5 Reasons Why Cryptocurrency Market Requires Capital Framework
The Defi industry needs a stable market structure and structural independence from the several existing transactional systems. It’s been intriguing and has brought to light what we in the financial services industry call MRAs, or issues requiring attention. An MRA is a practice that is incompatible with the concepts of good governance, internal controls, and risk management in the cryptocurrency market. These challenges, which must be addressed, have the potential to negatively damage the industry and increase the risk profile.
I have always focused on technology- and innovation-driven business models, which include the systems and interconnected components of blockchain-powered business networks, to reinvent the transaction systems that power numerous industries, including the financial services sector. Recent occurrences, which have shown significant mismanagement, poorly defined and misgoverned procedures, and general misrepresentation of the firm, have spurred a growing number of sceptics to voice their concerns in public. As a result, I want to adopt a comprehensive view of the sector to appreciate the elements that led to our present dilemma, assess the deficiencies, and provide ideas for how we may improve our weaknesses while growing our strengths.
Let’s begin by gaining knowledge of the market’s structure and its constituent elements. This will allow me to argue for a better-defined structure targeted at systemic justice, strong information flow for risk profiles, and a persuasive innovation story to revitalise the business and inspire trust.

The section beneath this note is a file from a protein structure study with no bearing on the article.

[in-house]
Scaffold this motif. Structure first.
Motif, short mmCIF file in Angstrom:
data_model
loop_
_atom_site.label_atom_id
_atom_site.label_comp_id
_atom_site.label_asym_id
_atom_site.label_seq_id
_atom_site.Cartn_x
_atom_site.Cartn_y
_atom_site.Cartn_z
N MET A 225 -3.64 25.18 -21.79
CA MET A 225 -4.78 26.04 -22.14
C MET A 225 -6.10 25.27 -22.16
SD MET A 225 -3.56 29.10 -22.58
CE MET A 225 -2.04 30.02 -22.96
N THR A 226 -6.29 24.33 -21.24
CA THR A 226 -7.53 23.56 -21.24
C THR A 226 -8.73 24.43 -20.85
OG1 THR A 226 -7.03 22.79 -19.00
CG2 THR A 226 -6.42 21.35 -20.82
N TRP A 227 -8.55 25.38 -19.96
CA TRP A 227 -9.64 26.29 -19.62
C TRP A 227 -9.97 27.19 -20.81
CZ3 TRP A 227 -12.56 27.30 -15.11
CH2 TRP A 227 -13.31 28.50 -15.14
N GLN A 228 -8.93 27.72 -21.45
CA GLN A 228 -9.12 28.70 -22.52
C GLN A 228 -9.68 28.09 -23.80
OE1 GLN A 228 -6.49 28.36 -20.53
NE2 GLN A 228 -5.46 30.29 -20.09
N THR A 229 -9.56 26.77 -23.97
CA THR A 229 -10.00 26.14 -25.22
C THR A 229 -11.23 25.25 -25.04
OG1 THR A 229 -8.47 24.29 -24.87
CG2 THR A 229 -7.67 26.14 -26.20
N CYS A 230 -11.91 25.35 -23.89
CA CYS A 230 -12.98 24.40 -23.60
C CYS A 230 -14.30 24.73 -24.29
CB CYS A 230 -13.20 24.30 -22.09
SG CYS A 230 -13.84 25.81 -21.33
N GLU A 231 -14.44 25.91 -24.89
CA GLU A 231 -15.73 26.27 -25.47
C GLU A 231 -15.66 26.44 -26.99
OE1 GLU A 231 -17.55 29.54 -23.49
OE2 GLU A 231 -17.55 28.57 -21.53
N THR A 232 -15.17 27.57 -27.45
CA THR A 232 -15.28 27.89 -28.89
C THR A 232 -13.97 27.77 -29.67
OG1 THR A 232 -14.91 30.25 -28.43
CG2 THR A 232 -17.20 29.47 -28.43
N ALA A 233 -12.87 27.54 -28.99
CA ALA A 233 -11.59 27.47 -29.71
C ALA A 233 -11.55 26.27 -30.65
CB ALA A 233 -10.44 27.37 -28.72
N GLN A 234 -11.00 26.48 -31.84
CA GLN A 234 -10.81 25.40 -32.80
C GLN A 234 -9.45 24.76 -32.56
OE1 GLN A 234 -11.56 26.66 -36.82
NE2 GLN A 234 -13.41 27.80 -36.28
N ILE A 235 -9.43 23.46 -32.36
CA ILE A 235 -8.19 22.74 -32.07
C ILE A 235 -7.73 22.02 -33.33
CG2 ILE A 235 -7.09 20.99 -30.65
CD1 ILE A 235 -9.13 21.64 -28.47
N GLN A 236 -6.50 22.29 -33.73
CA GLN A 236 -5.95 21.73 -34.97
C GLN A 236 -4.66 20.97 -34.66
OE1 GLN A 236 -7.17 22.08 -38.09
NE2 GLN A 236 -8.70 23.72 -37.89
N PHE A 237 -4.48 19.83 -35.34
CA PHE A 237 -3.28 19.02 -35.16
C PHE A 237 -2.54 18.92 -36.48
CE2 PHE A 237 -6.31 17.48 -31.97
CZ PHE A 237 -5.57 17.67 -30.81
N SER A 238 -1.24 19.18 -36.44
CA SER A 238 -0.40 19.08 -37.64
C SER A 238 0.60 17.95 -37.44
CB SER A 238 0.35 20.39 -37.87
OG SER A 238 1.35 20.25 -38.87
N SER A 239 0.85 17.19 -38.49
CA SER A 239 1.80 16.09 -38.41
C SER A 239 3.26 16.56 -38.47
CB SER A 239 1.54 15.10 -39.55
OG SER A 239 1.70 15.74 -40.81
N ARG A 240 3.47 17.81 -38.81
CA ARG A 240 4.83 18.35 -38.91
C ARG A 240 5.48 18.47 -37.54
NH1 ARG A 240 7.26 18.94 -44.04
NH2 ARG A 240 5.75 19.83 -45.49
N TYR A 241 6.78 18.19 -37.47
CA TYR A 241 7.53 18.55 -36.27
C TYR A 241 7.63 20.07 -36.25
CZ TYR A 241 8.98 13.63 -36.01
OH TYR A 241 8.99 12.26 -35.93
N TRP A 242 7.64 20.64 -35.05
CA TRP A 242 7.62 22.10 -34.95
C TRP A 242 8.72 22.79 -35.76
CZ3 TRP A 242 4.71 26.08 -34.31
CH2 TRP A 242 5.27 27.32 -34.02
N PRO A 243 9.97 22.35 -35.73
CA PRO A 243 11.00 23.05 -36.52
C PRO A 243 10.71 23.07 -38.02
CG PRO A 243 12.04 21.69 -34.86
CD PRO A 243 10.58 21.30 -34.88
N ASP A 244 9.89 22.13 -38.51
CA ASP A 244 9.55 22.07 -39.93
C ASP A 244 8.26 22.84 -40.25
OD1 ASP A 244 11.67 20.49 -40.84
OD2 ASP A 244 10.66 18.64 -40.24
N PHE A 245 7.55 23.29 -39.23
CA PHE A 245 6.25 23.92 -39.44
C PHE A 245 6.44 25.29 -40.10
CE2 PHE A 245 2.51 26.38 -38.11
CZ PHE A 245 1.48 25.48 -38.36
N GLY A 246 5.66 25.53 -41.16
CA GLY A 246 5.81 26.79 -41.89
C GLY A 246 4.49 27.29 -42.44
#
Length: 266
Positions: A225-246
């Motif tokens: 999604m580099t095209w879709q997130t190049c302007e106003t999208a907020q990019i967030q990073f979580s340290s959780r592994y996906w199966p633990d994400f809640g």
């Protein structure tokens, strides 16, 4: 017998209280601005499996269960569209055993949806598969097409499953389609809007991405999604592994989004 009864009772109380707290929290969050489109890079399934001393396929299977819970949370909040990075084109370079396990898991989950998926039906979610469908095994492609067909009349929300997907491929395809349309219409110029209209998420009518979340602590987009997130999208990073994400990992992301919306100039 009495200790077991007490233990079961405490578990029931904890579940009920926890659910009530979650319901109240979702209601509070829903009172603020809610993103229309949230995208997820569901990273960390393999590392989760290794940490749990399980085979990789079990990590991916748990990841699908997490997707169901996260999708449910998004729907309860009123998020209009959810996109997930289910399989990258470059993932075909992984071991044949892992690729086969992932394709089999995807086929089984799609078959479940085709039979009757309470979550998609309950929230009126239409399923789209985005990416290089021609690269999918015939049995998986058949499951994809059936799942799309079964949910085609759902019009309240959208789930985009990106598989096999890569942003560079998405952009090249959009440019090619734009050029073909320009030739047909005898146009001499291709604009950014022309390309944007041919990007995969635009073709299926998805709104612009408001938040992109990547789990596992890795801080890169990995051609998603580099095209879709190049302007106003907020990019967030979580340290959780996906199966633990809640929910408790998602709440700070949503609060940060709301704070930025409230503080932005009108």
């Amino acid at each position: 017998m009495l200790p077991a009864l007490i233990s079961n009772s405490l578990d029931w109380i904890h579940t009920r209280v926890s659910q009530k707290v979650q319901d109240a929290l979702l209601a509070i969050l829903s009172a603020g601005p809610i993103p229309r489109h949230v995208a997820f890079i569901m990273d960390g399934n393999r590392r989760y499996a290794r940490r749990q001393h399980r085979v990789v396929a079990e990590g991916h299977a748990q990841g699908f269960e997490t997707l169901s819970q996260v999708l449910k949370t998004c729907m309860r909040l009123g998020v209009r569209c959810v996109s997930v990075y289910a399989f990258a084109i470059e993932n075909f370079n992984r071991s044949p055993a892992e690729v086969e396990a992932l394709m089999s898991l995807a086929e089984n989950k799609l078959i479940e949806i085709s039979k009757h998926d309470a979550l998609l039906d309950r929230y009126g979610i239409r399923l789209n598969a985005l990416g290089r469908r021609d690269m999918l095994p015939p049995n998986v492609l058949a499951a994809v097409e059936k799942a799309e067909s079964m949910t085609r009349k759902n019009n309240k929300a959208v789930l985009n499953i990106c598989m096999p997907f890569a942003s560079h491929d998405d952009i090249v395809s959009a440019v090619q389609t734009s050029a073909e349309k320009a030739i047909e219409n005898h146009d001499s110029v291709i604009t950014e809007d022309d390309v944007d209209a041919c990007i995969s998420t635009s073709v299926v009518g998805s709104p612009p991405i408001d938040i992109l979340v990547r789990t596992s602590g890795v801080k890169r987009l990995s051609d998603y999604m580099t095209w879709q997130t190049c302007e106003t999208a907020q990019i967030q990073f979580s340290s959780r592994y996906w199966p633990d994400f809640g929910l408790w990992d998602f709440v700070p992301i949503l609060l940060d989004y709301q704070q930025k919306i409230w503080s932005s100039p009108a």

A cryptocurrency capital market framework is required for the industry.https://t.co/s5NkXFosEh
News Source: @Cointelegraph #Bitcoin #Market #Cryptocurrency
— Mertium (@MertiumCrypto) July 4, 2022
Understanding the existing structure of the financial market
In essence, the structure of today’s modern financial markets is comprised of a network of market participants that interact to aid in the production of investment resources and the accumulation of capital. The responsibilities of these market participants include clearing and settlement, central accounting, liquidity provisioning, transaction clearing, and asset custody. Many of these organisations are not vertically integrated due to their roles, capital limitations, or rules. This removes the possibility of financial decisions being made in concert or unilaterally. Consequently, multiple markets may be responsible for regulating a range of products, but the fundamentals of finance will remain constant. For example, financial products such as stocks, bonds, futures, options, and currencies must be traded, cleared, and settled for operations such as collateralization, lending, and borrowing to occur.
For financial markets to operate, both the supply and demand for capital must exist. Currently, the transmission of information between these networked parties is managed using sequential batch relay systems. The unequal sharing of information that arises from this not only leads to opacity, but also inefficiency in terms of liquidity needs, fees associated with maintaining system confidence, and opportunity costs.